Ad­ven­ture, on four wheels

WH Dep Ed Alice El­lis goes off the beaten track to try her hand at ex­treme driv­ing

Women's Health Australia - - NOVEMBER 2017 - WH

Our Dep Ed Alice got out of her com­fort zone and into an SUV driver’s seat

Once upon a time, 4WDS were a ru­ral-australia thing – the only city slick­ers buy­ing them were ex­treme week­end war­riors or se­ri­ous soc­cer mums. But now, for the first time, SUVS – the mod­ern-day ver­sions of 4WDS – have out­sold reg­u­lar cars here in Oz. And it’s us girls who’ve driven this change – more women than men are now behind the wheel of sport utility ve­hi­cles.

So what’s all the fuss about? Why have SUVS be­come so pop­u­lar? And should I get out of the sta­tion wagon and into the SUV my­self? To find out, I take a trip to the Holden Prov­ing Ground in Lang Lang, Vic­to­ria: more than 875 hectares of ex­treme off-road con­di­tions, wind­ing country roads and speed tracks where all ve­hi­cles are tested and tuned for Aussie con­di­tions.

Trying ter­rain

First the Holden en­gi­neers get me behind the wheel of a Trail­blazer and take me about as off-road as you can get. When I see that

I’ll be driv­ing up and down what are ba­si­cally ver­ti­cal dirt hills, through muddy lakes and over boul­der-size crags, I start to freak a lit­tle. “I don’t think I can do this,” I say.

“You can. I’ll guide you through it, and you’ll be amazed at what the car can do,” replies the engi­neer. Re­luc­tantly, I put my foot down on the ac­cel­er­a­tor. But soon, I’ve pretty much turned into one of the guys from Top Gear. The car makes get­ting over this ter­rain ut­terly ef­fort­less. My adren­a­line kicks in – what a buzz! Who knew driv­ing could be so much fun? To top it off, we drive to a wet gravel skid track where I weave, fast, through witches hats in a com­pact SUV, the Holden Trax. Yew!

A speed de­mon is born

Next I’m taken to a 5km cir­cu­lar track to test for my­self how an Aca­dia (a model com­ing in 2018) can han­dle speed. Tra­di­tion­ally, SUVS weren’t made to go as fast as pas­sen­ger cars. “But SUVS have devel­oped a lot with time, and mod­ern tech­nol­ogy has al­lowed them to be­come more ‘con­fi­dent cars’, to use en­gi­neer­ing speak,” says Jeremy Tas­sone,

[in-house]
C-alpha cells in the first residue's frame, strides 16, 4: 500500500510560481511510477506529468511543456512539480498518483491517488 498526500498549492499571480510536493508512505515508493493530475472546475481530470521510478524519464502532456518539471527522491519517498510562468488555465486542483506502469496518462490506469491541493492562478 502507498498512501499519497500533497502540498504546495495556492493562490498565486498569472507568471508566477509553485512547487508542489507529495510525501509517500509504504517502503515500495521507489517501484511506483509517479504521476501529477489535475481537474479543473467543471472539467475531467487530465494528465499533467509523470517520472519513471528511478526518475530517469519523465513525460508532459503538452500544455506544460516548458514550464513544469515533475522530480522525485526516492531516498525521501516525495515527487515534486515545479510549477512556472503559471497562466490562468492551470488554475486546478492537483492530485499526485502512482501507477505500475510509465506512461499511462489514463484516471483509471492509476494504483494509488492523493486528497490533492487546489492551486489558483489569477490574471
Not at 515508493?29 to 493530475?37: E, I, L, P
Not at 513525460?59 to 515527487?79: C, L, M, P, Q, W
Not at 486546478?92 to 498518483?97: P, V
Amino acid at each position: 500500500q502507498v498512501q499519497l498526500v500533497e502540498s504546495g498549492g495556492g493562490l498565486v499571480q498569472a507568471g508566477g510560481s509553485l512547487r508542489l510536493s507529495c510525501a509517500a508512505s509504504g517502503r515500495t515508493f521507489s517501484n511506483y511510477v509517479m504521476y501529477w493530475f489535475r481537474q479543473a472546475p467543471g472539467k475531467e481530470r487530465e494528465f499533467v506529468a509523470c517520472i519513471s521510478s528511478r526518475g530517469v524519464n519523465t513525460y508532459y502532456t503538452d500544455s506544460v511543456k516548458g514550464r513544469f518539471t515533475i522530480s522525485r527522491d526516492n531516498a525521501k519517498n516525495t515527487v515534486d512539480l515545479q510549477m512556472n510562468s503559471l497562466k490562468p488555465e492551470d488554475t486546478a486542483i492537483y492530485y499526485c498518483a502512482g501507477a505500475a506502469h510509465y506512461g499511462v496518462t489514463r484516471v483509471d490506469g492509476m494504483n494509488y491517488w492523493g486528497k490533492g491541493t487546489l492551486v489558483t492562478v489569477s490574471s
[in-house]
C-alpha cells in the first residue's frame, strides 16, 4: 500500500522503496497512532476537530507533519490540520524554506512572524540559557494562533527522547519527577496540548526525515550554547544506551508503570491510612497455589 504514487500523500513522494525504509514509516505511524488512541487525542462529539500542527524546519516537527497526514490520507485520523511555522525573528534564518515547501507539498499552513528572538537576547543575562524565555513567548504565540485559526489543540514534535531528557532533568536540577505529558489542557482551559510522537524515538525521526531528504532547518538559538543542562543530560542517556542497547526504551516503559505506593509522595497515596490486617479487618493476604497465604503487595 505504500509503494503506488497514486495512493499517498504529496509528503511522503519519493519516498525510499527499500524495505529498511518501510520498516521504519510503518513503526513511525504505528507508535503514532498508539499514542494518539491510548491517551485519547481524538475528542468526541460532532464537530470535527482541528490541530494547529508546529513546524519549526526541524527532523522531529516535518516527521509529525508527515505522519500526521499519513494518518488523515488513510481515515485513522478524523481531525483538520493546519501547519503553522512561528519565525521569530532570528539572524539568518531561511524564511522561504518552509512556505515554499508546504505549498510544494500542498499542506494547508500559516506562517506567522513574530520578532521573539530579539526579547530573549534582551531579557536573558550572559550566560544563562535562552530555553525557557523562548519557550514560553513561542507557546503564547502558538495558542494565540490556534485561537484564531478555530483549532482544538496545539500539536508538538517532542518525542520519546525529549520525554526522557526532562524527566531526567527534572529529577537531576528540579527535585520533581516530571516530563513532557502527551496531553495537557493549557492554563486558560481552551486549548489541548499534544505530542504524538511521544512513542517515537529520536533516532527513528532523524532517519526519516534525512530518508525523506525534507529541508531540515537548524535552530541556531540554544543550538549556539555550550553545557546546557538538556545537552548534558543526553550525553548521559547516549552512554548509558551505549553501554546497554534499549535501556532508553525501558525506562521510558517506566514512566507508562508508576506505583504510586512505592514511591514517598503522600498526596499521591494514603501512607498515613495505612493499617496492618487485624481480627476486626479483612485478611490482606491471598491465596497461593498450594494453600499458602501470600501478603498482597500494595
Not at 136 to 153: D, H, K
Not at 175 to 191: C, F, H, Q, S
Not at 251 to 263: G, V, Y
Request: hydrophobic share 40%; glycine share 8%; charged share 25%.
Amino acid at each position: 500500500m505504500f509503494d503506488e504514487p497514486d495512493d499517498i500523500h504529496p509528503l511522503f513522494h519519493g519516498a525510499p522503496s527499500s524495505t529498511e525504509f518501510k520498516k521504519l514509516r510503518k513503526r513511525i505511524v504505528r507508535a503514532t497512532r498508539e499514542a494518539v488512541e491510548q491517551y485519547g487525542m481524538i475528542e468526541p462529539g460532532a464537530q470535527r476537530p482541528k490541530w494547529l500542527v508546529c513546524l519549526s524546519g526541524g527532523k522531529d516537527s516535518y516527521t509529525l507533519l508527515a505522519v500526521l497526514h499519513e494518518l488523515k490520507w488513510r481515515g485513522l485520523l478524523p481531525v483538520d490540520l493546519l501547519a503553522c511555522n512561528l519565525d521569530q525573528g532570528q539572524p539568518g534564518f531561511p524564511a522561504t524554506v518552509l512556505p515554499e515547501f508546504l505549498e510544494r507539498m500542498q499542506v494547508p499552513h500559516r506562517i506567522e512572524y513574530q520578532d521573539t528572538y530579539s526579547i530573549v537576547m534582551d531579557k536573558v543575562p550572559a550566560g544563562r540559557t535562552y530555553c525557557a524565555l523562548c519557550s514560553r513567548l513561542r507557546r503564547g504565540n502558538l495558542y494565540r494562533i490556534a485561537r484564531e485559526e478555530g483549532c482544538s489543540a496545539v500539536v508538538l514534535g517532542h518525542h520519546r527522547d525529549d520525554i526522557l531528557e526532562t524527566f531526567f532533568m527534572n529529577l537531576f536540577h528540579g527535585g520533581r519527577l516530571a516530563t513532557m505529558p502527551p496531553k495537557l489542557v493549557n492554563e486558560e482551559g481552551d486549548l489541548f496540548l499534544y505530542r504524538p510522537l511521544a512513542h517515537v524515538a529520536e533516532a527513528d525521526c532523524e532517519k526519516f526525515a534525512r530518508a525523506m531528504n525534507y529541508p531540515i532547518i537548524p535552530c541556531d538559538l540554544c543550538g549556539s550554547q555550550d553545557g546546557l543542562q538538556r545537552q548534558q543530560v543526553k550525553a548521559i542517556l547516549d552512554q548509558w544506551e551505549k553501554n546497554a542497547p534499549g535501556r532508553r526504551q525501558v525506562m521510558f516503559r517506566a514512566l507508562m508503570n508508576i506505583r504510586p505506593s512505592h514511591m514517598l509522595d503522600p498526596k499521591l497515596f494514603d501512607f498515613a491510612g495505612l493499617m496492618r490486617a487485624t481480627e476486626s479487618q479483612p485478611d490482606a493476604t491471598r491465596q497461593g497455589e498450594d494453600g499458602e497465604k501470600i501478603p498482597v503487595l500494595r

Holden’s ve­hi­cle de­vel­op­ment man­ager. “It’s been the changes to sus­pen­sion and tyres, and the lat­est chas­sis con­trol sys­tems, and a fo­cus on tun­ing these sys­tems that make the lat­est SUVS drive and han­dle sim­i­larly to pas­sen­ger cars.”

The engi­neer drives me around the track at 180km/h. Yowser. Sure, I’m ner­vous, but I trust his mad skills. Mine, not so much. So when I’m told it’s my turn, and that I can take it up to 160km/h, my ter­ror re­turns. To make mat­ters worse, the car is a left-hand drive be­cause it’s a pro­to­type from the US, and I’ve never driven on that side. Plus,

I’ve got a pas­sen­ger who I re­ally don’t want to kill – Lee Carsel­dine from Aus­tralian Sur­vivor (pic­tured with me, left), who’s also here to test out his driv­ing skills. The guy’s been through enough in a Samoan jun­gle al­ready, I reckon.

The engi­neer calms me down by telling me I’m un­der no pres­sure to get up to high speeds. “Hey, you can just stay at 80 kilo­me­tres if that’s all you feel com­fort­able with.” Cut to me gun­ning it at 134km/h.

I start slow, and then I just keep putting my foot down harder. It’s the fastest I’ve ever driven, and it hardly feels as if I’m even going at 80. Again, I ex­pe­ri­ence a rush, and take the car around the track twice, cov­er­ing a total of 10km in a flash.

Watch out, wal­la­bies!

After un­der­tak­ing a few more driv­ing ‘chal­lenges’, I get behind the wheel of a pro­to­type Holden Equinox on the Prov­ing Ground’s wind­ing country roads. I feel as if

I’m in a Bond film, speed­ing up, then slow­ing down to take crazy cor­ners. Wal­la­bies hang by the side of the road and one leaps in front of me, test­ing my brakes. The brakes ex­cel.

Apart from the fact that I’m now hooked on what an SUV can do – they can drive well on good roads, bad roads and no roads – I come away from the Prov­ing Ground more con­fi­dent in my driv­ing abil­i­ties. And even in my­self, thanks to the number of times I told my­self, “I can’t do that” through­out the day, and the number of times I proved I actually could. Self-dis­be­lief, smashed.

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